In the past, there was a custom to carry out a programme of cleansing the blood every spring. People would gather fresh leaves from blackberry and raspberry bushes, strawberry plants, and plantain (ribwort), coltsfoot flowers and, where possible, cowslip. They would drink the infusion morning and evening. Honey was added to sweeten it.
This ‘spring tea’ is still recognised for its pleasant effect on our wellbeing. Those who take it regularly are convinced that it purifies the system, purging it of the winter’s metabolic wastes and infusing the new energies of spring.
It was also believed in ancient India that the blood and the circulatory system should be purified from time to time. The blood cleansing ritual would consist of various remedies to stimulate the intestines, liver, kidneys and stomach. This ‘spring clean’ would be of special benefit to those suffering from constipation and sluggish metabolism. It is particularly beneficial after a detox programme or fast.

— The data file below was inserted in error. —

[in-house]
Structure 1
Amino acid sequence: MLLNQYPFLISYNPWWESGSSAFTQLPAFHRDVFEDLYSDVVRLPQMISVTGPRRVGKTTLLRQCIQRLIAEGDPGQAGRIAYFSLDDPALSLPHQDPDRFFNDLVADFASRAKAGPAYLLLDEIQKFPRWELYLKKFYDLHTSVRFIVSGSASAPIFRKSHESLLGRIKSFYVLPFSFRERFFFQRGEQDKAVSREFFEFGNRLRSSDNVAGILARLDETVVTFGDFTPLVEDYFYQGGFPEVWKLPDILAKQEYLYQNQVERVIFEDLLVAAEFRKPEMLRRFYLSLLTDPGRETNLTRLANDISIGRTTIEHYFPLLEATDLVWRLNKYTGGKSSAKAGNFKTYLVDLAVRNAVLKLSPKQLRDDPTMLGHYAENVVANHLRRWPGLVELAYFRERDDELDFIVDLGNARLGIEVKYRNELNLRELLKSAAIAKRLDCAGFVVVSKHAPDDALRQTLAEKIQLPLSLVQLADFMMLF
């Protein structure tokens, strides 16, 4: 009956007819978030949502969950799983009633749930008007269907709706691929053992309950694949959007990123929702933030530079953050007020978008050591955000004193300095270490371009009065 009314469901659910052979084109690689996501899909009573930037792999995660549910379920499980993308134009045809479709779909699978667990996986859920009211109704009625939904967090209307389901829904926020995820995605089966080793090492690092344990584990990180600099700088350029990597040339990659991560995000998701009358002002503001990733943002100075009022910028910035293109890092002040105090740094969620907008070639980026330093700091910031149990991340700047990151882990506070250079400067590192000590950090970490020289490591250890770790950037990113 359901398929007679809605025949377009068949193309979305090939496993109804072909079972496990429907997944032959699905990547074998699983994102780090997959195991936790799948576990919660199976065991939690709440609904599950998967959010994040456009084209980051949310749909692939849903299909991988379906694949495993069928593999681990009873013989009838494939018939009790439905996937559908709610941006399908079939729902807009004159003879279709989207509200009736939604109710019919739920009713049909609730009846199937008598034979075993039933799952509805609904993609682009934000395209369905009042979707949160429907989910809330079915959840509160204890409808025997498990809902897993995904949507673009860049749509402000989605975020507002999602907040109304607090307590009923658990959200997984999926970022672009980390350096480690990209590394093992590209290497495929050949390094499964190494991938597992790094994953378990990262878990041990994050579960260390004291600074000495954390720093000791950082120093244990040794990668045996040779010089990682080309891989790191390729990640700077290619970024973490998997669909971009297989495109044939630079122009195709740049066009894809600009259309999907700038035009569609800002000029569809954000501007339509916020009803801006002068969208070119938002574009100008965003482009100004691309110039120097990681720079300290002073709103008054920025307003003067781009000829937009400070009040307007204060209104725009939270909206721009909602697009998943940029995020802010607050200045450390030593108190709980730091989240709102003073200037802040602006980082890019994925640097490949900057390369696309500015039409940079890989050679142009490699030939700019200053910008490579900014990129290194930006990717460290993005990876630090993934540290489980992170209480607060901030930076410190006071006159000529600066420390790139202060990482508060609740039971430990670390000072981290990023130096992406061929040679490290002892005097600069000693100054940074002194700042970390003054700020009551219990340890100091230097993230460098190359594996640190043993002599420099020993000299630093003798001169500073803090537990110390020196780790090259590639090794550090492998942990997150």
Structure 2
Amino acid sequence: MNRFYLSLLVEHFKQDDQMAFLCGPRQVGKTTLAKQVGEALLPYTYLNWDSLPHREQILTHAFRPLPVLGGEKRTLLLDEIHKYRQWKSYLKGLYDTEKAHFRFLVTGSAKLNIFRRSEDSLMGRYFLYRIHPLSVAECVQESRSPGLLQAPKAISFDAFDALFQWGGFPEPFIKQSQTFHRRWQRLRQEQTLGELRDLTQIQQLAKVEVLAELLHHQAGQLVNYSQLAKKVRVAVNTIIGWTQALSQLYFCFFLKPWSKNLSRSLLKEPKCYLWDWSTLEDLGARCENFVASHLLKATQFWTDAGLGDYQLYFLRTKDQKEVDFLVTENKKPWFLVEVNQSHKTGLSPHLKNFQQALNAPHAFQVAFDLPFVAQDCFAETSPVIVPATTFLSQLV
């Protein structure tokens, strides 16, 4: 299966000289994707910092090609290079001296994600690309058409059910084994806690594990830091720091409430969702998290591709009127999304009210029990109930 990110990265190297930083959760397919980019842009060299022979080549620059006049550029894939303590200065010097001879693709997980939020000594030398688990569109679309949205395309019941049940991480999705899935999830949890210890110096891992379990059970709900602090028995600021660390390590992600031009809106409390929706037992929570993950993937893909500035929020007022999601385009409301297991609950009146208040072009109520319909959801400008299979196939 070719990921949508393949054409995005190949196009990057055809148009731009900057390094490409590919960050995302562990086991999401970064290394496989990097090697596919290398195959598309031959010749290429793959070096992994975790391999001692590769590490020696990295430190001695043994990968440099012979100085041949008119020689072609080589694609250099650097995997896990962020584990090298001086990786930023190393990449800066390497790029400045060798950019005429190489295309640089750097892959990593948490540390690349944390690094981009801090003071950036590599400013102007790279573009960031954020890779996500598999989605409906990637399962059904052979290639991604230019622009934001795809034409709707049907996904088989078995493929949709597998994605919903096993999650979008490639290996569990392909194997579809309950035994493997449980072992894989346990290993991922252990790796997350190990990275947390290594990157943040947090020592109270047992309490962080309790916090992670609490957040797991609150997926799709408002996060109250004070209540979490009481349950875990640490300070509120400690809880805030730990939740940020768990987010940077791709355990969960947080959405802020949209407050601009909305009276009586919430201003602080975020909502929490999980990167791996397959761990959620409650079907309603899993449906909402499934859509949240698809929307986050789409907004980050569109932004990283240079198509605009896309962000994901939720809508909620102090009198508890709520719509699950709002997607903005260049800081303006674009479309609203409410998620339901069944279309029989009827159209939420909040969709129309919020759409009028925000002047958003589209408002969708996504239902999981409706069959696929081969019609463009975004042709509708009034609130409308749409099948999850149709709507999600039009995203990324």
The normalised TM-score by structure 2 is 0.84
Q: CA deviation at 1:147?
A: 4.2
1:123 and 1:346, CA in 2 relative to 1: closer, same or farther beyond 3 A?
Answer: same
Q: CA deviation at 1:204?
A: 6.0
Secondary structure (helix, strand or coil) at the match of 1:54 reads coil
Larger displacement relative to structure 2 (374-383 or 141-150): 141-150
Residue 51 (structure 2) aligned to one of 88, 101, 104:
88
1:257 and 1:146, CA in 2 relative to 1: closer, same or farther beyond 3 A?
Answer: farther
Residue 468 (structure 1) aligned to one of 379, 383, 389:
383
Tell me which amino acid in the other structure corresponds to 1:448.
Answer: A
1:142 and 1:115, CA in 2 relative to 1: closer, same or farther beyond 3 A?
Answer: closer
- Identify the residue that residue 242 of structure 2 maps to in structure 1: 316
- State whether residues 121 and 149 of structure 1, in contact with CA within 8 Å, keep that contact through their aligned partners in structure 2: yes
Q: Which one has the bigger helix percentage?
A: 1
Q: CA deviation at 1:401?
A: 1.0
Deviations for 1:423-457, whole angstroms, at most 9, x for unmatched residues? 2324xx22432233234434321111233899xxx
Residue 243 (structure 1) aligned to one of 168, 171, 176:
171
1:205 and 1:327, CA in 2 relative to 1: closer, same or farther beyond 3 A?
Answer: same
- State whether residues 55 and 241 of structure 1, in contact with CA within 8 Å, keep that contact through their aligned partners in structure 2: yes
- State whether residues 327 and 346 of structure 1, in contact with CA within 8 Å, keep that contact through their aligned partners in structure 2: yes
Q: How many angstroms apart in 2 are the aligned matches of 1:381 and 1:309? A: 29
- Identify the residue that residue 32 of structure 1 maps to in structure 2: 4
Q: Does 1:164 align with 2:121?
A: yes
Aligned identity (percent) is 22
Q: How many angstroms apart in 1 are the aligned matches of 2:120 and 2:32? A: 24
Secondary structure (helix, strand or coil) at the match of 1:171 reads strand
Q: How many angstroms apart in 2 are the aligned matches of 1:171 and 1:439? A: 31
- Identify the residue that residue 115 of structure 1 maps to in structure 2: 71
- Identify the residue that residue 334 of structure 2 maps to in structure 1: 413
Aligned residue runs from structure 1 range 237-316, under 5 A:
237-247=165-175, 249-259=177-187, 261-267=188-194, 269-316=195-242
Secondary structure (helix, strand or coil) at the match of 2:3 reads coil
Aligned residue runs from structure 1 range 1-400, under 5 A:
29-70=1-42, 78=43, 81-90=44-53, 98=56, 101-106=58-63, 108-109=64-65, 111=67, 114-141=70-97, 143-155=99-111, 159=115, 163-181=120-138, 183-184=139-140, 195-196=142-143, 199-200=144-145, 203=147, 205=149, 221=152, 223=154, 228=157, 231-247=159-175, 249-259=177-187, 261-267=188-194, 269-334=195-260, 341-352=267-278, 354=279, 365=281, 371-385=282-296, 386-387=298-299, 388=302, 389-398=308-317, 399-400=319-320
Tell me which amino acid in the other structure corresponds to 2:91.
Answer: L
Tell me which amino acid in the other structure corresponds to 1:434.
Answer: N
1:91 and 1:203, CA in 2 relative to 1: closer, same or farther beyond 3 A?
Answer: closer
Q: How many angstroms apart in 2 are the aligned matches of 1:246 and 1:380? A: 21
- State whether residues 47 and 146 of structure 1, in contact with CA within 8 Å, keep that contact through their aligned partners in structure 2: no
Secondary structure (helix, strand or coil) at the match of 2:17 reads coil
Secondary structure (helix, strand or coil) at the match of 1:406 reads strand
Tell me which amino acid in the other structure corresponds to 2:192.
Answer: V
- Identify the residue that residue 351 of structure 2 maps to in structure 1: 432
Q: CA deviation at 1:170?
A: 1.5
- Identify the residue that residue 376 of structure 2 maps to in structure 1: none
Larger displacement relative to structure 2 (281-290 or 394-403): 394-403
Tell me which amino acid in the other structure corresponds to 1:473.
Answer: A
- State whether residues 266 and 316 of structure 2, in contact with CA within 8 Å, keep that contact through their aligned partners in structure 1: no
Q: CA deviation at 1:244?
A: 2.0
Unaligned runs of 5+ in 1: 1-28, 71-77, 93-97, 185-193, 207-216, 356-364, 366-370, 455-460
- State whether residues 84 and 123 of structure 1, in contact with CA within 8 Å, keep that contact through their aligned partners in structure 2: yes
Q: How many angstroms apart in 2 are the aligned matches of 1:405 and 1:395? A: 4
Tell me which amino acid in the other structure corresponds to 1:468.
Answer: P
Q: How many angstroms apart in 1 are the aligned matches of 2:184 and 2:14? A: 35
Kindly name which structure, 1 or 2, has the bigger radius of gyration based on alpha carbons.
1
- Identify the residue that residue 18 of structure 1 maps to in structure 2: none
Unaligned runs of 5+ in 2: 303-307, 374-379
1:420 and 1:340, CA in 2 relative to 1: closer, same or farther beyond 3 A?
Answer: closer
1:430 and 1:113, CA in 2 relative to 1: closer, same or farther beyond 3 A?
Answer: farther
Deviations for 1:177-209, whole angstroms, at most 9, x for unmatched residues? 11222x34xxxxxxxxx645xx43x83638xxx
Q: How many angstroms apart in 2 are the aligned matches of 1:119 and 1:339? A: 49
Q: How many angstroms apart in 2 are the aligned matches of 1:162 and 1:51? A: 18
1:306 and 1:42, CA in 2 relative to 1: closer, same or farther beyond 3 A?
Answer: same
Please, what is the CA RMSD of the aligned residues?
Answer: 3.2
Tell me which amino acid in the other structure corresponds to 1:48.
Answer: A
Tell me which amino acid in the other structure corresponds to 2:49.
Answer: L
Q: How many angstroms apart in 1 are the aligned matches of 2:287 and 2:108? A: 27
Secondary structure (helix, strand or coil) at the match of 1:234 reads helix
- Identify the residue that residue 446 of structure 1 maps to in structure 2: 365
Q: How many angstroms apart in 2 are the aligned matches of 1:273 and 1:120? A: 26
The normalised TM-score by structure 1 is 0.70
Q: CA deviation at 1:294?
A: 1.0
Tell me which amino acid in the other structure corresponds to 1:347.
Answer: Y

Another cleansing tea, plantain tea, is good for swollen ankles and water retention. Plantain, dandelion, and nettle are probably three of the most common garden weeds and all are mild diuretics traditionally used to treat the symptoms associated with water retention. The dandelion restores potassium levels, which can be flushed out by many diuretics.
I enjoy this tea for its cleansing and rejuvenating properties. My garden is a weed-free zone at the moment so we headed out to one of Erddig’s meadows where I knew these plants were prolific.
Plantain tea for swollen ankles
2tbsp plantain leaves
2 tbsp fresh dandelion leaves (or flowers)
2 tbsp nettle leaves
1 litre water, freshly boiled
Wash the leaves, place in a bowl or jug, then pour over the water. Steep for 10 minutes. Strain. Drink hot or cold throughout the day.